CNN host Brian Stelter has a slimy new book out called "Hoax," in which he attacks Fox News and President Donald Trump with a lot of anonymously sourced hit quotes. My favorite stop on his book tour has to be an appearance during the closing minutes of ABC's "The View" on Sept. 16.
Stelter's obsequious inquirers such as NPR's Terry Gross and PBS' Judy Woodruff never pressed him on whether CNN manipulated politicians behind the scenes and lied about it. What made his appearance on "The View" great was how several co-hosts turned the microscope back on CNN.
Meghan McCain turned right to the ethical questions being asked about CNN lately, most prominently by Tucker Carlson on Fox. Turnabout is fair play. Carlson played audio in which CNN President Jeff Zucker appeared to offer debate advice to Trump in 2016 and talk about offering Trump his own program. Jake Tapper was exposed for allegedly lying about trying to urge his Republican acquaintance Sean Parnell to run for Congress in a "safer R district" instead of Pennsylvania Rep. Conor Lamb's vulnerable seat.
McCain really drew blood discussing the unprofessional comedy between Chris Cuomo and his brother, Gov. Andrew Cuomo: "I had serious problems with the way Chris Cuomo had a recurring prime-time, sort of comic routine with his brother instead of asking about policies that were literally sending my friend Janice Dean's older relatives to die in nursing homes. So, with the criticism of CNN, do you believe that this is acceptable?"
Stelter didn't answer the question honestly. It's tough to be forced on the defense, especially when you play the Media Ethics Police on "Reliable Sources" every Sunday morning. Instead, Stelter first complained these tapes "are cherry-picked." Everything that airs on the news is "cherry-picked."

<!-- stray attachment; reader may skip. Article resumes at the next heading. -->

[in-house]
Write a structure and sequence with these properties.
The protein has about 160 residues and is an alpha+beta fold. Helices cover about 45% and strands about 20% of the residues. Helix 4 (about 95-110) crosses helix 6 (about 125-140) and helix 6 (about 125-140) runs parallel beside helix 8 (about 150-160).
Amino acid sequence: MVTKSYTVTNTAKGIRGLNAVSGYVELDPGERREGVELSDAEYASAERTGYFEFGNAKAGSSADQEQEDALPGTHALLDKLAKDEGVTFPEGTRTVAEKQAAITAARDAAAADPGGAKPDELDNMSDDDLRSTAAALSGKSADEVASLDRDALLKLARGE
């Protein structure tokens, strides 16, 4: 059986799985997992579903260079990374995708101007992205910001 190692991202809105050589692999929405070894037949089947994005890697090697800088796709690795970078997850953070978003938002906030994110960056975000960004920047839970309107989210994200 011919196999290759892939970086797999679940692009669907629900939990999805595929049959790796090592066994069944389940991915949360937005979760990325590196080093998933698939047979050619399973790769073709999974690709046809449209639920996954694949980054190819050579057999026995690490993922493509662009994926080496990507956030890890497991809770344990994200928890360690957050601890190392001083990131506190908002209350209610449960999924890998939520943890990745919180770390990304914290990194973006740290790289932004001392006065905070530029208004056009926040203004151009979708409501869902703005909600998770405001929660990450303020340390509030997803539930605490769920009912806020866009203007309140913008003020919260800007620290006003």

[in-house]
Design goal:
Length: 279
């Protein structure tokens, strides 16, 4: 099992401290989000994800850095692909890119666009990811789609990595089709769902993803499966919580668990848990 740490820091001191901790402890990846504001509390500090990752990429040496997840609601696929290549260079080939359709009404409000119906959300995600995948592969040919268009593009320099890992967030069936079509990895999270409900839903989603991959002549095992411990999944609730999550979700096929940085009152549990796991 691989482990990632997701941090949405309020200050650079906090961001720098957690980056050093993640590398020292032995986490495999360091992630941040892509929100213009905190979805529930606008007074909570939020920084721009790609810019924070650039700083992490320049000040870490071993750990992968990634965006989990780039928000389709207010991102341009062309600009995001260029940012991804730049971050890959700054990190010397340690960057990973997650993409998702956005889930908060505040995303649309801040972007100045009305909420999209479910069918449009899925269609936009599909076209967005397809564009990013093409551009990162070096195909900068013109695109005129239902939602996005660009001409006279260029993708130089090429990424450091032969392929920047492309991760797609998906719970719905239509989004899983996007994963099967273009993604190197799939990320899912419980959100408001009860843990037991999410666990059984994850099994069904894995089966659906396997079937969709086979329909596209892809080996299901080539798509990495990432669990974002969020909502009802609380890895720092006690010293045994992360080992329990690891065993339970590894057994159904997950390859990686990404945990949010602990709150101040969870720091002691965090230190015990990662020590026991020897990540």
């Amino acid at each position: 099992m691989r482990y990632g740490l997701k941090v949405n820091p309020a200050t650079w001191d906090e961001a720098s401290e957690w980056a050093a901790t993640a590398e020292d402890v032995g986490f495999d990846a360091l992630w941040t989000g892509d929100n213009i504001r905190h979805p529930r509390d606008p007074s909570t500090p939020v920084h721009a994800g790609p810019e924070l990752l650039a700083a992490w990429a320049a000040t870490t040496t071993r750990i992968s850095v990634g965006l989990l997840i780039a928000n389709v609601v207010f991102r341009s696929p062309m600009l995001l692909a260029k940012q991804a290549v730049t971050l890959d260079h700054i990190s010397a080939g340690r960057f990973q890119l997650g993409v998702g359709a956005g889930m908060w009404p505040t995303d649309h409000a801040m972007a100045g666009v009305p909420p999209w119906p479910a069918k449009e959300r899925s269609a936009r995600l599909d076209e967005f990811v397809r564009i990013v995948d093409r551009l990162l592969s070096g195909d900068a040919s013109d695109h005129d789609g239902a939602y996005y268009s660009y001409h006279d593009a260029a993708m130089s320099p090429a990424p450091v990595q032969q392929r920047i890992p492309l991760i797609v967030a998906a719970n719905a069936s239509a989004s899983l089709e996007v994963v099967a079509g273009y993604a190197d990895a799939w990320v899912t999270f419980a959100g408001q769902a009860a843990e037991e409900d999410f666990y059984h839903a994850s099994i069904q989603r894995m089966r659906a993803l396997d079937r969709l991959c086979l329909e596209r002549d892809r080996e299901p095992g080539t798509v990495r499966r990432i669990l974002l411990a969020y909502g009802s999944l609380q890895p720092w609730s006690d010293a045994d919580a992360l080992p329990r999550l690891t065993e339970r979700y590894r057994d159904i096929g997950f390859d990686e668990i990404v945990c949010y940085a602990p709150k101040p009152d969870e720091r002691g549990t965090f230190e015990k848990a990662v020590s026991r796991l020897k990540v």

Then he turned to leaker conspiracy theories: "You know, Michael Cohen says these audiotapes were only held by Trump, the Trump Organization, and the DOJ. So, all of a sudden, they're airing on Fox News. You have to wonder if it's another example of this feedback loop that exists between Trump and Fox."
Michael Cohen is a convicted liar, so he's probably not your most, ahem, reliable source.
By then, Stelter was flailing: "I'm not a spokesperson for CNN. You know, it's not for me to comment on these tapes. Here's what I do think is sad, though. I think it's sad that private conversations get leaked out, get distorted, and then, you know, they become polarized and weaponized."
If you've turned pages of Stelter's book, you know that comment is simply obscene. The book is nastily "cherry-picked," with recounts of leaked private conversations that are "weaponized." The book is filled with tawdry little claims, such as that Rupert Murdoch's wife Jerry Hall calls Trump a "pig." Unlike Carlson's revelations, most of this gossipy material isn't backed by recordings.
Stelter wasn't done being preposterous. ABC's Sara Haines asked if CNN is guilty of blurring news and opinion, which she said contributes to "the misinformation and extreme divisiveness" of politics today.
He agreed but claimed, "I talk about it with my staff at 'Reliable Sources,' and I always want to make sure that I'm not part of that problem." What? Anyone who has watched this show knows Extreme Divisiveness is routine, starting with his opening, during which he snarls anti-Trump commentaries. One of his guests said Trump's policies would kill more people than Hitler, Stalin, and Mao combined. Stelter pushback: Zero.
Beyond lamely claiming CNN is standing up for decency and democracy, Stelter can't defend CNN for blurring opinion into the "news" product and providing an assembly line of acidulous anti-Trump segments day after day. He can't claim CNN isn't trying to manipulate and coach newsmakers behind the scenes. He's not allowed to scorn the brotherly softball treatment on "Cuomo Prime Time." He clearly wasn't prepared for this test, and he flunked.
Tim Graham is director of media analysis at the Media Research Center and executive editor of the blog NewsBusters.org.